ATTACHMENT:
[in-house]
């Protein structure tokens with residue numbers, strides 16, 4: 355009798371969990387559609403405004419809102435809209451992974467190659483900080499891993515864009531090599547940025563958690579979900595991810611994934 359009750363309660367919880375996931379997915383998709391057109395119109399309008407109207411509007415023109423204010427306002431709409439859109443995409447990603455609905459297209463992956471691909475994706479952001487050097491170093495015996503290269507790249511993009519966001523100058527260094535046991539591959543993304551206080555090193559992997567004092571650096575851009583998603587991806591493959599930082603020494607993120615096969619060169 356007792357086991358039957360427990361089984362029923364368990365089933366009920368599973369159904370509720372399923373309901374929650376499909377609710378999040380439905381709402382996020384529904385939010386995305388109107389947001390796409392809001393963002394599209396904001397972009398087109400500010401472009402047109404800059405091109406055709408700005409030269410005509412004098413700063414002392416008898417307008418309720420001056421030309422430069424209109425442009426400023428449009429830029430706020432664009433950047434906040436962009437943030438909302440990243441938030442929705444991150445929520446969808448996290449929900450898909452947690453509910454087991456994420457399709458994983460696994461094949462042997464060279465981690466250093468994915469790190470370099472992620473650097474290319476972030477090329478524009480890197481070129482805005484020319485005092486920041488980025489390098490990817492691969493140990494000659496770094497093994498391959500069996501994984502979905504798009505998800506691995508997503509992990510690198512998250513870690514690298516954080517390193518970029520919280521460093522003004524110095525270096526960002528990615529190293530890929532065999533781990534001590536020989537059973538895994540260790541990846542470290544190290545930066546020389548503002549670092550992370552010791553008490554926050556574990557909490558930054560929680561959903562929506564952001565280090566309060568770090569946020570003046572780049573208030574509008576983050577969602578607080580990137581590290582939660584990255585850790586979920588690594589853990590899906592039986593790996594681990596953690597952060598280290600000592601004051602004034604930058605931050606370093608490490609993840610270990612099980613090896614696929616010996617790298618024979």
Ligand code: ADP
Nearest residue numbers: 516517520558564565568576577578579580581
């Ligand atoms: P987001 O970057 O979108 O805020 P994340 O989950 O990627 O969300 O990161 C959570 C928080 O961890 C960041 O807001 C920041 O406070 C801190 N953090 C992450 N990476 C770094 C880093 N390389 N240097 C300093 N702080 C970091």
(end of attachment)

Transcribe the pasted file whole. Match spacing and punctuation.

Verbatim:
[in-house]
């Protein structure tokens with residue numbers, strides 16, 4: 355009798371969990387559609403405004419809102435809209451992974467190659483900080499891993515864009531090599547940025563958690579979900595991810611994934 359009750363309660367919880375996931379997915383998709391057109395119109399309008407109207411509007415023109423204010427306002431709409439859109443995409447990603455609905459297209463992956471691909475994706479952001487050097491170093495015996503290269507790249511993009519966001523100058527260094535046991539591959543993304551206080555090193559992997567004092571650096575851009583998603587991806591493959599930082603020494607993120615096969619060169 356007792357086991358039957360427990361089984362029923364368990365089933366009920368599973369159904370509720372399923373309901374929650376499909377609710378999040380439905381709402382996020384529904385939010386995305388109107389947001390796409392809001393963002394599209396904001397972009398087109400500010401472009402047109404800059405091109406055709408700005409030269410005509412004098413700063414002392416008898417307008418309720420001056421030309422430069424209109425442009426400023428449009429830029430706020432664009433950047434906040436962009437943030438909302440990243441938030442929705444991150445929520446969808448996290449929900450898909452947690453509910454087991456994420457399709458994983460696994461094949462042997464060279465981690466250093468994915469790190470370099472992620473650097474290319476972030477090329478524009480890197481070129482805005484020319485005092486920041488980025489390098490990817492691969493140990494000659496770094497093994498391959500069996501994984502979905504798009505998800506691995508997503509992990510690198512998250513870690514690298516954080517390193518970029520919280521460093522003004524110095525270096526960002528990615529190293530890929532065999533781990534001590536020989537059973538895994540260790541990846542470290544190290545930066546020389548503002549670092550992370552010791553008490554926050556574990557909490558930054560929680561959903562929506564952001565280090566309060568770090569946020570003046572780049573208030574509008576983050577969602578607080580990137581590290582939660584990255585850790586979920588690594589853990590899906592039986593790996594681990596953690597952060598280290600000592601004051602004034604930058605931050606370093608490490609993840610270990612099980613090896614696929616010996617790298618024979």
Ligand code: ADP
Nearest residue numbers: 516517520558564565568576577578579580581
């Ligand atoms: P987001 O970057 O979108 O805020 P994340 O989950 O990627 O969300 O990161 C959570 C928080 O961890 C960041 O807001 C920041 O406070 C801190 N953090 C992450 N990476 C770094 C880093 N390389 N240097 C300093 N702080 C970091």